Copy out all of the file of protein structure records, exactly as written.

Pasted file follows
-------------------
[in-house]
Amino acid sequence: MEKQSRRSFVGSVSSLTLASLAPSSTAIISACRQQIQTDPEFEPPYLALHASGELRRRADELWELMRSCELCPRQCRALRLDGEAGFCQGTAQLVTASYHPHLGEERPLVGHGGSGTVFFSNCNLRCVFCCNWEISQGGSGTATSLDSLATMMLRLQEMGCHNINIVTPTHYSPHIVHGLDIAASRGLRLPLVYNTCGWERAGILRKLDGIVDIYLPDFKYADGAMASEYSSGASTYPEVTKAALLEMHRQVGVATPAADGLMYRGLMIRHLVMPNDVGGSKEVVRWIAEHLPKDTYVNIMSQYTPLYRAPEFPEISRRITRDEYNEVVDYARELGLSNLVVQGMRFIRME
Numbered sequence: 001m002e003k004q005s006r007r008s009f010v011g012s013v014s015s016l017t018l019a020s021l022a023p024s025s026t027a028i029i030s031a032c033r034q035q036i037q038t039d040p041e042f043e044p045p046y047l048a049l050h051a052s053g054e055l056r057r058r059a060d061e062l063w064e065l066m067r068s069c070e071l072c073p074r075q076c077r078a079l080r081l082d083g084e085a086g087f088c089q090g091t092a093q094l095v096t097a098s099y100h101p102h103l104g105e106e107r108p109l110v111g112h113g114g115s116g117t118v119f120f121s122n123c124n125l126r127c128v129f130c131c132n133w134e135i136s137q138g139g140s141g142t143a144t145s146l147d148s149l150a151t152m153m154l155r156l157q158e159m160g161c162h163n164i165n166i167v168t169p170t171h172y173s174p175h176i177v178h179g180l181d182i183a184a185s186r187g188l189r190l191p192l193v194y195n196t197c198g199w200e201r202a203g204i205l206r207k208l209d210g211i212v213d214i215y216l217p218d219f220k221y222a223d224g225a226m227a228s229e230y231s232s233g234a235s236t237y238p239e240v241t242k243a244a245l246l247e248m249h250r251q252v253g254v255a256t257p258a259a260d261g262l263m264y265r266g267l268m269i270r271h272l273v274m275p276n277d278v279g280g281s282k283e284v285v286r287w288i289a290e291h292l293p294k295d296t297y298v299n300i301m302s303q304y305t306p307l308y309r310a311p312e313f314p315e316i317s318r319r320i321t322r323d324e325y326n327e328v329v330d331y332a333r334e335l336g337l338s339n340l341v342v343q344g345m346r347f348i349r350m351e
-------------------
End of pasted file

[in-house]
Amino acid sequence: MEKQSRRSFVGSVSSLTLASLAPSSTAIISACRQQIQTDPEFEPPYLALHASGELRRRADELWELMRSCELCPRQCRALRLDGEAGFCQGTAQLVTASYHPHLGEERPLVGHGGSGTVFFSNCNLRCVFCCNWEISQGGSGTATSLDSLATMMLRLQEMGCHNINIVTPTHYSPHIVHGLDIAASRGLRLPLVYNTCGWERAGILRKLDGIVDIYLPDFKYADGAMASEYSSGASTYPEVTKAALLEMHRQVGVATPAADGLMYRGLMIRHLVMPNDVGGSKEVVRWIAEHLPKDTYVNIMSQYTPLYRAPEFPEISRRITRDEYNEVVDYARELGLSNLVVQGMRFIRME
Numbered sequence: 001m002e003k004q005s006r007r008s009f010v011g012s013v014s015s016l017t018l019a020s021l022a023p024s025s026t027a028i029i030s031a032c033r034q035q036i037q038t039d040p041e042f043e044p045p046y047l048a049l050h051a052s053g054e055l056r057r058r059a060d061e062l063w064e065l066m067r068s069c070e071l072c073p074r075q076c077r078a079l080r081l082d083g084e085a086g087f088c089q090g091t092a093q094l095v096t097a098s099y100h101p102h103l104g105e106e107r108p109l110v111g112h113g114g115s116g117t118v119f120f121s122n123c124n125l126r127c128v129f130c131c132n133w134e135i136s137q138g139g140s141g142t143a144t145s146l147d148s149l150a151t152m153m154l155r156l157q158e159m160g161c162h163n164i165n166i167v168t169p170t171h172y173s174p175h176i177v178h179g180l181d182i183a184a185s186r187g188l189r190l191p192l193v194y195n196t197c198g199w200e201r202a203g204i205l206r207k208l209d210g211i212v213d214i215y216l217p218d219f220k221y222a223d224g225a226m227a228s229e230y231s232s233g234a235s236t237y238p239e240v241t242k243a244a245l246l247e248m249h250r251q252v253g254v255a256t257p258a259a260d261g262l263m264y265r266g267l268m269i270r271h272l273v274m275p276n277d278v279g280g281s282k283e284v285v286r287w288i289a290e291h292l293p294k295d296t297y298v299n300i301m302s303q304y305t306p307l308y309r310a311p312e313f314p315e316i317s318r319r320i321t322r323d324e325y326n327e328v329v330d331y332a333r334e335l336g337l338s339n340l341v342v343q344g345m346r347f348i349r350m351e